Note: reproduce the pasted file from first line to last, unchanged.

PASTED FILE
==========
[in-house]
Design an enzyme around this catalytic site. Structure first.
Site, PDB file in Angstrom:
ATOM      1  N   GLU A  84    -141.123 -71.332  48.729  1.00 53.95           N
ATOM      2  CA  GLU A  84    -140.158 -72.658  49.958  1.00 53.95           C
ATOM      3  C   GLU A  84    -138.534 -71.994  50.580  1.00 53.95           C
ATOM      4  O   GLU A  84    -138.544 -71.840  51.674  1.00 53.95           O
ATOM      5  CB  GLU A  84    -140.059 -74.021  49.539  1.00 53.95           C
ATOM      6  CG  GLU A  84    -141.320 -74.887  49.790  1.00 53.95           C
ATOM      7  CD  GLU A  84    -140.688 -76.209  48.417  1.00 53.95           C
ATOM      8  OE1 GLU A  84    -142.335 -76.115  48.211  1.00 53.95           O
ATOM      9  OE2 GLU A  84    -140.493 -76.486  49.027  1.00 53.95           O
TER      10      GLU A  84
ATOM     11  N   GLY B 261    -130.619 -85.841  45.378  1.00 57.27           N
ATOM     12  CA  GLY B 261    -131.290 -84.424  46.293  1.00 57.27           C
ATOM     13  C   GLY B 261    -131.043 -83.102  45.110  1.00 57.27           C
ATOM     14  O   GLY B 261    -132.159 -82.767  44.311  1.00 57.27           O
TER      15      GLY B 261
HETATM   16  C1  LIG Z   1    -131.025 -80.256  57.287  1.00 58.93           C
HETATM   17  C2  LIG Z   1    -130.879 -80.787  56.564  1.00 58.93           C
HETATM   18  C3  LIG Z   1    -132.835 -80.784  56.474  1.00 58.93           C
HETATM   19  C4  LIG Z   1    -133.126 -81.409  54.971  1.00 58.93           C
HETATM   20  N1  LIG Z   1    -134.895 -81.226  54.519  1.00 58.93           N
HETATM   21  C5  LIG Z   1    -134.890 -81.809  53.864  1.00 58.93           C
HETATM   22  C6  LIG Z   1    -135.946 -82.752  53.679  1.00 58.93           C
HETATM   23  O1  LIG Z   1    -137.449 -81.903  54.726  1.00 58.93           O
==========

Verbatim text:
[in-house]
Design an enzyme around this catalytic site. Structure first.
Site, PDB file in Angstrom:
ATOM      1  N   GLU A  84    -141.123 -71.332  48.729  1.00 53.95           N
ATOM      2  CA  GLU A  84    -140.158 -72.658  49.958  1.00 53.95           C
ATOM      3  C   GLU A  84    -138.534 -71.994  50.580  1.00 53.95           C
ATOM      4  O   GLU A  84    -138.544 -71.840  51.674  1.00 53.95           O
ATOM      5  CB  GLU A  84    -140.059 -74.021  49.539  1.00 53.95           C
ATOM      6  CG  GLU A  84    -141.320 -74.887  49.790  1.00 53.95           C
ATOM      7  CD  GLU A  84    -140.688 -76.209  48.417  1.00 53.95           C
ATOM      8  OE1 GLU A  84    -142.335 -76.115  48.211  1.00 53.95           O
ATOM      9  OE2 GLU A  84    -140.493 -76.486  49.027  1.00 53.95           O
TER      10      GLU A  84
ATOM     11  N   GLY B 261    -130.619 -85.841  45.378  1.00 57.27           N
ATOM     12  CA  GLY B 261    -131.290 -84.424  46.293  1.00 57.27           C
ATOM     13  C   GLY B 261    -131.043 -83.102  45.110  1.00 57.27           C
ATOM     14  O   GLY B 261    -132.159 -82.767  44.311  1.00 57.27           O
TER      15      GLY B 261
HETATM   16  C1  LIG Z   1    -131.025 -80.256  57.287  1.00 58.93           C
HETATM   17  C2  LIG Z   1    -130.879 -80.787  56.564  1.00 58.93           C
HETATM   18  C3  LIG Z   1    -132.835 -80.784  56.474  1.00 58.93           C
HETATM   19  C4  LIG Z   1    -133.126 -81.409  54.971  1.00 58.93           C
HETATM   20  N1  LIG Z   1    -134.895 -81.226  54.519  1.00 58.93           N
HETATM   21  C5  LIG Z   1    -134.890 -81.809  53.864  1.00 58.93           C
HETATM   22  C6  LIG Z   1    -135.946 -82.752  53.679  1.00 58.93           C
HETATM   23  O1  LIG Z   1    -137.449 -81.903  54.726  1.00 58.93           O